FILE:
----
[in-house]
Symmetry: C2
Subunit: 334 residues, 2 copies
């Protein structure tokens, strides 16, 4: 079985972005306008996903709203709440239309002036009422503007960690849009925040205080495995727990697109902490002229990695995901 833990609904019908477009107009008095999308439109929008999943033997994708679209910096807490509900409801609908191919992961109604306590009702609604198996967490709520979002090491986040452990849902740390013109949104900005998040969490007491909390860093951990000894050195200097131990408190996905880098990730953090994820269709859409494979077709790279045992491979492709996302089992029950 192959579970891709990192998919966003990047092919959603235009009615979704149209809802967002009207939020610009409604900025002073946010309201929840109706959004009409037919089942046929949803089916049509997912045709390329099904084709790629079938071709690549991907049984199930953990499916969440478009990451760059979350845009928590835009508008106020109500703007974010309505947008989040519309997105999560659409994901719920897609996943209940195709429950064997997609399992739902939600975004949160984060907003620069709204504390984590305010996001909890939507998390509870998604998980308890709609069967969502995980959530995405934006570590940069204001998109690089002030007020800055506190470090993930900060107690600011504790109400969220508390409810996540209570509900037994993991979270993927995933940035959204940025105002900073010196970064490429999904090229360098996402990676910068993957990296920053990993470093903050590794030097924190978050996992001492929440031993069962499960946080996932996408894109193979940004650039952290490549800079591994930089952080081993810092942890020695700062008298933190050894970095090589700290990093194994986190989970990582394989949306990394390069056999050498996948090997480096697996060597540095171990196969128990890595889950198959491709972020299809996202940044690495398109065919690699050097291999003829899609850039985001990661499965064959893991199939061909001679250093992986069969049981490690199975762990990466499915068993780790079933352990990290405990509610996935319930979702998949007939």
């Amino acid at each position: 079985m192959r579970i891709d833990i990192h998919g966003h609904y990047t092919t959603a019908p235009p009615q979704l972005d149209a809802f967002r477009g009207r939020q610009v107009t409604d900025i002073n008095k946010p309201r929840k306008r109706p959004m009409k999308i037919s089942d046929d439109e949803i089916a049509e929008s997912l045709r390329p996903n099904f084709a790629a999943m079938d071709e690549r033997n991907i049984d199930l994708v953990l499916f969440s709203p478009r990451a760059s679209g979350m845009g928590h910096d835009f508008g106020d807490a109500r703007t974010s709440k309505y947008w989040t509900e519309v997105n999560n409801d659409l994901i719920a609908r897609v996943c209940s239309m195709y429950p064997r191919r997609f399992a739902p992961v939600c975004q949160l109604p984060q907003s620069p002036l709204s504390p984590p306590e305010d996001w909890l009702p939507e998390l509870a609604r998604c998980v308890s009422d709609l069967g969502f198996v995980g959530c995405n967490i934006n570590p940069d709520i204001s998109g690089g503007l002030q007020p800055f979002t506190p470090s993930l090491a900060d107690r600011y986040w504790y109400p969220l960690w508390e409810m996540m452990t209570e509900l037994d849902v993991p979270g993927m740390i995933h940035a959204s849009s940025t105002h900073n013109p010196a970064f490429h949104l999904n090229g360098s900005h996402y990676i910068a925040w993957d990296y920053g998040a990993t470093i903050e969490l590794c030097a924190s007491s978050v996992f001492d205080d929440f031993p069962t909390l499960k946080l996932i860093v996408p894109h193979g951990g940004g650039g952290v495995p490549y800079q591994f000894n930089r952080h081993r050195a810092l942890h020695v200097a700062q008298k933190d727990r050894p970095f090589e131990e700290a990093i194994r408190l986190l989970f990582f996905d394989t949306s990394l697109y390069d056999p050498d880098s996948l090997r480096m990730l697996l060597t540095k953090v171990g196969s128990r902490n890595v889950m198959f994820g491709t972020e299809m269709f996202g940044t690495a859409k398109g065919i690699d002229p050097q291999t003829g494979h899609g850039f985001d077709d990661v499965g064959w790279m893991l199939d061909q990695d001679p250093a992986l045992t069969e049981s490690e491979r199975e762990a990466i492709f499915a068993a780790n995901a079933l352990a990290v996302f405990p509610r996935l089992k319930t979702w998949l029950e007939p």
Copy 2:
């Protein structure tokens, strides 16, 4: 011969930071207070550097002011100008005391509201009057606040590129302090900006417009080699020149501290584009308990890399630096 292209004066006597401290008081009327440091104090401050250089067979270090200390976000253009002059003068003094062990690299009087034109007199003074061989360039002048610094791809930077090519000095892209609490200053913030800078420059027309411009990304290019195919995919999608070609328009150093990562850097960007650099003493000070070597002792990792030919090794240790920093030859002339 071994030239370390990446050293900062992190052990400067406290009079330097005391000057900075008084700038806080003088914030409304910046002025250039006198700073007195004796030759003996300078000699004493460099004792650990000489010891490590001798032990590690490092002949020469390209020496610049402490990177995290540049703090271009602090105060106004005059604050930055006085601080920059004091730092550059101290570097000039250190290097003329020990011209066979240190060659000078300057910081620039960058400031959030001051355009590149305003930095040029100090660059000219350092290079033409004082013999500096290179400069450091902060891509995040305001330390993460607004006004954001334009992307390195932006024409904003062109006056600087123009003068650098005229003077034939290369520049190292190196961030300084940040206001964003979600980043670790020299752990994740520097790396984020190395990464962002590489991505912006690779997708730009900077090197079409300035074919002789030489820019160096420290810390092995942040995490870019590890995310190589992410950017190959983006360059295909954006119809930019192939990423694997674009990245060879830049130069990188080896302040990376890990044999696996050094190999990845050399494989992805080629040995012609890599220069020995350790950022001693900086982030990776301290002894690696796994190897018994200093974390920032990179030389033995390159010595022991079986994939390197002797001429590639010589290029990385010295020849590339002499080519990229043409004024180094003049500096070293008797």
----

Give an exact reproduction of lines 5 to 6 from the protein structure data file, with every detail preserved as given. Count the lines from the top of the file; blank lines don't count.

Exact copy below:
């Amino acid at each position: 079985m192959r579970i891709d833990i990192h998919g966003h609904y990047t092919t959603a019908p235009p009615q979704l972005d149209a809802f967002r477009g009207r939020q610009v107009t409604d900025i002073n008095k946010p309201r929840k306008r109706p959004m009409k999308i037919s089942d046929d439109e949803i089916a049509e929008s997912l045709r390329p996903n099904f084709a790629a999943m079938d071709e690549r033997n991907i049984d199930l994708v953990l499916f969440s709203p478009r990451a760059s679209g979350m845009g928590h910096d835009f508008g106020d807490a109500r703007t974010s709440k309505y947008w989040t509900e519309v997105n999560n409801d659409l994901i719920a609908r897609v996943c209940s239309m195709y429950p064997r191919r997609f399992a739902p992961v939600c975004q949160l109604p984060q907003s620069p002036l709204s504390p984590p306590e305010d996001w909890l009702p939507e998390l509870a609604r998604c998980v308890s009422d709609l069967g969502f198996v995980g959530c995405n967490i934006n570590p940069d709520i204001s998109g690089g503007l002030q007020p800055f979002t506190p470090s993930l090491a900060d107690r600011y986040w504790y109400p969220l960690w508390e409810m996540m452990t209570e509900l037994d849902v993991p979270g993927m740390i995933h940035a959204s849009s940025t105002h900073n013109p010196a970064f490429h949104l999904n090229g360098s900005h996402y990676i910068a925040w993957d990296y920053g998040a990993t470093i903050e969490l590794c030097a924190s007491s978050v996992f001492d205080d929440f031993p069962t909390l499960k946080l996932i860093v996408p894109h193979g951990g940004g650039g952290v495995p490549y800079q591994f000894n930089r952080h081993r050195a810092l942890h020695v200097a700062q008298k933190d727990r050894p970095f090589e131990e700290a990093i194994r408190l986190l989970f990582f996905d394989t949306s990394l697109y390069d056999p050498d880098s996948l090997r480096m990730l697996l060597t540095k953090v171990g196969s128990r902490n890595v889950m198959f994820g491709t972020e299809m269709f996202g940044t690495a859409k398109g065919i690699d002229p050097q291999t003829g494979h899609g850039f985001d077709d990661v499965g064959w790279m893991l199939d061909q990695d001679p250093a992986l045992t069969e049981s490690e491979r199975e762990a990466i492709f499915a068993a780790n995901a079933l352990a990290v996302f405990p509610r996935l089992k319930t979702w998949l029950e007939p």
Copy 2: